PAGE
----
Brian is a media artist whose work traverses alternative geographies, experimental music, and a critical data practice. By constructing embodied, participatory systems, he seeks to negotiate between algorithms and the rhythms of everyday life.
Sarah is currently Director of the Civic Data Design Lab at the MIT. The lab employs data visualization and mapping techniques to expose and communicate urban patterns and policy issues to broader audiences. Before coming to MIT, Williams was Co-Director of the Spatial Information Design Lab at Columbia University.
Darius is a programmer who builds weird internet stuff. His work focuses primarily on autonomous bots and generative toys that do absurd things. His best known work is the Random Shopper, a program that bought him random books, DVDs, and CDs from Amazon each month. He also has a small army of Twitter bots, many of which lampoon and imitate human Twitter behavior, including a lot of bots that tell bad jokes over and over.
Jessica is an artist and writer best known for her award-winning blog, Indexed. She mixes data (both quantitative and qualitative) with humor, insight, and simple visuals to make even the most complex concepts immediately accessible and relevant.
Jesse works in the Human Interfaces Group at NASA's Jet Propulsion Lab, designing and developing tools for space mission operations, spacecraft systems engineering, and Earth science, while practicing and promoting user centered design.
Michael (aka Flux) is a creative technologist who has worked with The Data Arts Team at Google on visualizations and generative art that appear on Chrome Experiments. Notable projects include the Small Arms Trade visualization and Generative Machines.
Kate researches how people engage with networked technologies, and analyzes the political, cultural, legal, philosophical and policy-making implications. She is interested in how networked data becomes part of our understanding of knowledge, privacy, democracy, intimacy and subjectivity.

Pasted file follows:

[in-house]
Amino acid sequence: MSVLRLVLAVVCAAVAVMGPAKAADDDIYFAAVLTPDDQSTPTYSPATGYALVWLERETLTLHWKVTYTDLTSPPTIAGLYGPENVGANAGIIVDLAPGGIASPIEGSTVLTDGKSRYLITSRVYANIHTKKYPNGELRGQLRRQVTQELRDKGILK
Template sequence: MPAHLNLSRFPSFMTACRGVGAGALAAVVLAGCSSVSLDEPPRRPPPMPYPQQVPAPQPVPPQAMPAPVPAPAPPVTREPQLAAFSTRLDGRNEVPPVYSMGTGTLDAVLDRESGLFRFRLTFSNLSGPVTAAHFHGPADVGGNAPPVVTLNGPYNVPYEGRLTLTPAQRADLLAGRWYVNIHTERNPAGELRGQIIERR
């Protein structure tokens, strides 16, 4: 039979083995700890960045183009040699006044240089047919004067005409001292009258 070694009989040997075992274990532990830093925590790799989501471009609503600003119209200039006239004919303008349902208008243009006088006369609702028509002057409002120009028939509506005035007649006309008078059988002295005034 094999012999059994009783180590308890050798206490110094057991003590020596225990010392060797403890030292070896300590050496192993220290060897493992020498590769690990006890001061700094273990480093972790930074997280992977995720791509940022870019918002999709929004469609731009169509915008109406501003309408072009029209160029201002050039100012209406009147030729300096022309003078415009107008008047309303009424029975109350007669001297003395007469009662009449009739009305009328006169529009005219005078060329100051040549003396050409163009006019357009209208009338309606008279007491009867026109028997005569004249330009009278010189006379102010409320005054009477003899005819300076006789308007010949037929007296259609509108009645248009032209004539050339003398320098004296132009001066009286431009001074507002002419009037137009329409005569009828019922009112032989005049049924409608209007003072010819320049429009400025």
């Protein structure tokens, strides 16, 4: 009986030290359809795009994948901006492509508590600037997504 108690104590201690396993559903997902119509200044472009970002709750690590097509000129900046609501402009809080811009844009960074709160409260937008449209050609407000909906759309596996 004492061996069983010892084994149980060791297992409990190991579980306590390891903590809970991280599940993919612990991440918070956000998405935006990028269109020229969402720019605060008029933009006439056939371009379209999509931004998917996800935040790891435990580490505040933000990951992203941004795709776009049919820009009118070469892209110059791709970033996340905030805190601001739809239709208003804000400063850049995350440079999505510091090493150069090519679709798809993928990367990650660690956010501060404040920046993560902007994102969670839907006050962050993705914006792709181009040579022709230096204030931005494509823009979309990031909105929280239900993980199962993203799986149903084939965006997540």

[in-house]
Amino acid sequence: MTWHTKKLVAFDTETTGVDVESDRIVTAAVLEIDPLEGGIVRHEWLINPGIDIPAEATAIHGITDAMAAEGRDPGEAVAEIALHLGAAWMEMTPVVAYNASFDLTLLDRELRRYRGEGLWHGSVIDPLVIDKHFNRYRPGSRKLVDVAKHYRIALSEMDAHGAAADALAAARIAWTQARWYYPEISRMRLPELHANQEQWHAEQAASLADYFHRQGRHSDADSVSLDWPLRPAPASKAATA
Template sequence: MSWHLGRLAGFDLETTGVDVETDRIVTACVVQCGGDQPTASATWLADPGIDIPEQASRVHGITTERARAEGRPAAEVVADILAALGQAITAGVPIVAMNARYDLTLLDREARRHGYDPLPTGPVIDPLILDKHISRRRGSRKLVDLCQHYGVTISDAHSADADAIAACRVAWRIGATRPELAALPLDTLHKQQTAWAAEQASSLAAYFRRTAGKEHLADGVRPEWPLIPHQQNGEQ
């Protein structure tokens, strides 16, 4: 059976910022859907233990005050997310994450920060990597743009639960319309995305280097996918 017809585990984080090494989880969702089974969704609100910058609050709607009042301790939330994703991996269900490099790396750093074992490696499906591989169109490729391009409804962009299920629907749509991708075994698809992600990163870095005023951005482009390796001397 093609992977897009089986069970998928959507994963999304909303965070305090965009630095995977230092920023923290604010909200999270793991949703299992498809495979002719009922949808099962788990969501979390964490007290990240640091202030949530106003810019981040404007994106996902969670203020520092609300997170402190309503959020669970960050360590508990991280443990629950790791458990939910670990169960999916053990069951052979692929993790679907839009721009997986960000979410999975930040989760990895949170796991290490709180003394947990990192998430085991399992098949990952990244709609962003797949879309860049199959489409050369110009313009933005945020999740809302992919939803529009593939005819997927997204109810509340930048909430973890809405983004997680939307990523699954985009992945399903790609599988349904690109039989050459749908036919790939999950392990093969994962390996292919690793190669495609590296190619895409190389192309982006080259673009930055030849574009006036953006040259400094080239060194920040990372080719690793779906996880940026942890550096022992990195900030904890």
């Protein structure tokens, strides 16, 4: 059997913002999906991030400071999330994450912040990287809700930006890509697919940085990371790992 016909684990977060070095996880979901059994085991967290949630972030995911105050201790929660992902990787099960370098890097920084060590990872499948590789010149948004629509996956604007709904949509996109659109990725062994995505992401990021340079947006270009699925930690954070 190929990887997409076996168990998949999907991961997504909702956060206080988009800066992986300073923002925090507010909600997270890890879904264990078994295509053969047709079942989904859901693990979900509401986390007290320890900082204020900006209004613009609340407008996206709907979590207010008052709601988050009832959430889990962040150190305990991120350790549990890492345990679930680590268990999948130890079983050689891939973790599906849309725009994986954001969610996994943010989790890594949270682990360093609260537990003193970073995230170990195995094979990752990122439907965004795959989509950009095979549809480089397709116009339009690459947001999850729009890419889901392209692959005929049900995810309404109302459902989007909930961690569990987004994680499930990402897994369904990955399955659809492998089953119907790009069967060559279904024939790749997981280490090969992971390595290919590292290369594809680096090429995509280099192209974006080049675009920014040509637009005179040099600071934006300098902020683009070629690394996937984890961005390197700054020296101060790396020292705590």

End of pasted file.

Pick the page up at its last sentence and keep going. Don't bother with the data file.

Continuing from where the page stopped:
Lillian is best known for her pioneering work in the use of computers for what has since become known as computer-generated art and computer-aided art analysis, including graphics, film, video, animation, special effects, Virtual Reality and Multimedia. Her work was recognized for its aesthetic success and was the first in this medium to be acquired by The Museum of Modern Art.
Robert is an artist/coder living in Brooklyn. His work ranges from simple 2D data visualizations to immersive 3D terrain simulations. Primary interests include theoretical physics, astronomy, particle engines, and audio visualizations.
Under the label Cod.Act, André and Michel Décosterd develop artistic productions, performances and interactive installations. Their devices do not deliver unique and pre-defined content, but combine and organize information according to variable parameters. Random, ephemeral, multidimensional, their work reveals itself each time different, infinite.
Melissa is a designer, strategist and storyteller. While embracing opportunities that new media offer, her approach focuses on participation and narratives. Melissa is co-founder of the Montreal based Daily tous les jours, which leads multi-disciplinary projects at the intersection of participation, design and technology.
Martin is a computer scientist and artist. He is a co-leader, with Fernanda Viégas, of Google's "Big Picture" data visualization group. Viégas and Wattenberg are also known for their visualization-based artwork, which has been exhibited in venues such as the MoMA in New York, London Institute of Contemporary Arts and the Whitney Museum. His visualizations of the stock market and baby names are considered Internet classics.
Mike designs interactive graphics for The New York Times. He is also the author of D3.js, a popular open-source library for visualizing data using web standards.